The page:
Nosferatu: The Gothic Industrial Mix (Movie Review)

Director: F.W. Murnau | Release Date: 1922


What if vampires aren’t misunderstood souls who can’t help what they’ve become? Let’s suppose for a second that they aren’t dangerous pouty young people, who just want for the right gal who can assist them in filing down their canines and teach them how to love. What if a Vampire is a cataclysmic force of nature? Not the carrier of blood borne Spanish Fly or plasma packed with Tween angst, but a fucking plague vector, that lives in isolation for fear of infecting and depleting his life sustaining quarry. With a face like an auger and fangs dripping toxic komodo stew, this specter feeds in silence, spreads fever, then disappears like a nimble rat into the long shadows. THAT is a Vampire I can get behind. Of course, I’m not imagining a new incarnation of the celluloid bloodsucker rather just rehashing one of the first, F. W. Murnau’s 1922 Classic “Nosferatu”. Though it was based heavily on Bram Stoker’s Dracula, the execution was a mixture of pastoral realism and German expressionism. The Rorschach shadows and hellish angles beckoned the viewer into a simple tale of a medieval town visited by a demon who spreads deadly filth and poisons all that he touches.

For those of you who have never seen “Nosferatu” it is very much the same as Stoker’s tale. Set in (the fictional town) Wisborg, Germany in 1938 it follows a bubbly young businessman named Thomas Hutter (anglicized to Jonathan Harker in this version to reflect Stoker’s original character name). The happy-go-lucky young buck is sent to a remote castle in the Carpathian Mountains to finalize a real estate deal brokered between his boss Mr. Renfield and the reclusive Count Orlok. Hutter leaves his beautiful wife Ellen behind but takes along her picture on the long journey east. Upon arriving in Transylvania the locals warn him about the “Land of the Phantoms” and try to convince him that continuing on is a foolish endeavor. Undaunted Hutter makes contact with the Count and for his troubles receives a bite on the neck after falling asleep in the castle. The Count becomes enraptured with the picture of Ellen that Thomas carries and immediately signs papers to buy a dilapidated building in Wisborg that is just across the canal from the young couple. Back in Wisborg, Orlok’s telepathic influence has already turned Renfield into a mad lackey and set Ellen to fearing for her husband’s safety.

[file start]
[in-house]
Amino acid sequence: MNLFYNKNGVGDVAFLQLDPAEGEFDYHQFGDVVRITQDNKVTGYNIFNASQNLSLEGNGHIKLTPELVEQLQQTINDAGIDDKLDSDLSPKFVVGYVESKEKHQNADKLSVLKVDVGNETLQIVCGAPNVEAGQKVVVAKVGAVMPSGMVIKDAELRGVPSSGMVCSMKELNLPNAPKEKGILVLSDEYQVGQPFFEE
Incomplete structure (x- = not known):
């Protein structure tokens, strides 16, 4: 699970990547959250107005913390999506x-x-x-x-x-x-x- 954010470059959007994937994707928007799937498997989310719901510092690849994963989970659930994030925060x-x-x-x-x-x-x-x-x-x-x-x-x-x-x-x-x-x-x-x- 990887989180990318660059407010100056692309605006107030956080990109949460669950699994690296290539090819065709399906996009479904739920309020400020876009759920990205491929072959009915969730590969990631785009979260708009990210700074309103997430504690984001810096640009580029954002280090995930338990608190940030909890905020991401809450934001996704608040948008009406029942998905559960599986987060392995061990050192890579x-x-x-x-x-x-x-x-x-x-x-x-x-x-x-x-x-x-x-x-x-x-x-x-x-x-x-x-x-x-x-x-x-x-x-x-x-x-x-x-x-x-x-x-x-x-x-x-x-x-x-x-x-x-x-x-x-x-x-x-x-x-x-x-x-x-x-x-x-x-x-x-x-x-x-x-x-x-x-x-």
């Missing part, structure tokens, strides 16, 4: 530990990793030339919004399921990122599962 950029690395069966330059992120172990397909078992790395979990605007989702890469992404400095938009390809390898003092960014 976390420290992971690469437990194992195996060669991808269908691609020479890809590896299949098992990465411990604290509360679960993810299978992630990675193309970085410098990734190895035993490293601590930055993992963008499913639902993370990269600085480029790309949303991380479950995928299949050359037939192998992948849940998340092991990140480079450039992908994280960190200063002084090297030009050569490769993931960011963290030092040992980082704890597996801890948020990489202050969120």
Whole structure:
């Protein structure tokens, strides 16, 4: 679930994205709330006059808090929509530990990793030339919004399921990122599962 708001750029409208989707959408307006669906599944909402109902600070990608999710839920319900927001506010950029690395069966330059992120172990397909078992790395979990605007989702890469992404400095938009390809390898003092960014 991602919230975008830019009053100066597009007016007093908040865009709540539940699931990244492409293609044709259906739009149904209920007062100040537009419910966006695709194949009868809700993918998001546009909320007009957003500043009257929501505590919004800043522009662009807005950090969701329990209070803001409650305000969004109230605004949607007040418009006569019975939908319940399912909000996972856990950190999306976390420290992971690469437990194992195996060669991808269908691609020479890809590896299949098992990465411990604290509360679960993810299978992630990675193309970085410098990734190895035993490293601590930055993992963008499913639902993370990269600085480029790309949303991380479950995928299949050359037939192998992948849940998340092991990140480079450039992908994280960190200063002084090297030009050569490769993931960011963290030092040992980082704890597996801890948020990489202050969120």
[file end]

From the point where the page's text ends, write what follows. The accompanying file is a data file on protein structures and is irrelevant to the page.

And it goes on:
Orlok leaves Hutter in a feverish stupor at the castle and heads west to Wisborg with a grouping of caskets for luggage and accommodation. When the doomed ship he is traveling on reaches the tiny German hamlet the crew is dead and plague ridden rats spill forth from Orlok’s coffins into the streets of the town. The Count moves into his new digs and begins stalking Ellen from across the canal. Meanwhile Hutter bedeviled by pyretic swoons slowly makes his way back from the castle. He is nursed to near health by the Transylvanian villagers then returns to Wisborg with a vampire book that details all the bloodsucker do’s and don’ts. When he and Ellen are reunited she discovers the book and takes it upon herself to stop Orlok and return her plague-riddled town to normal.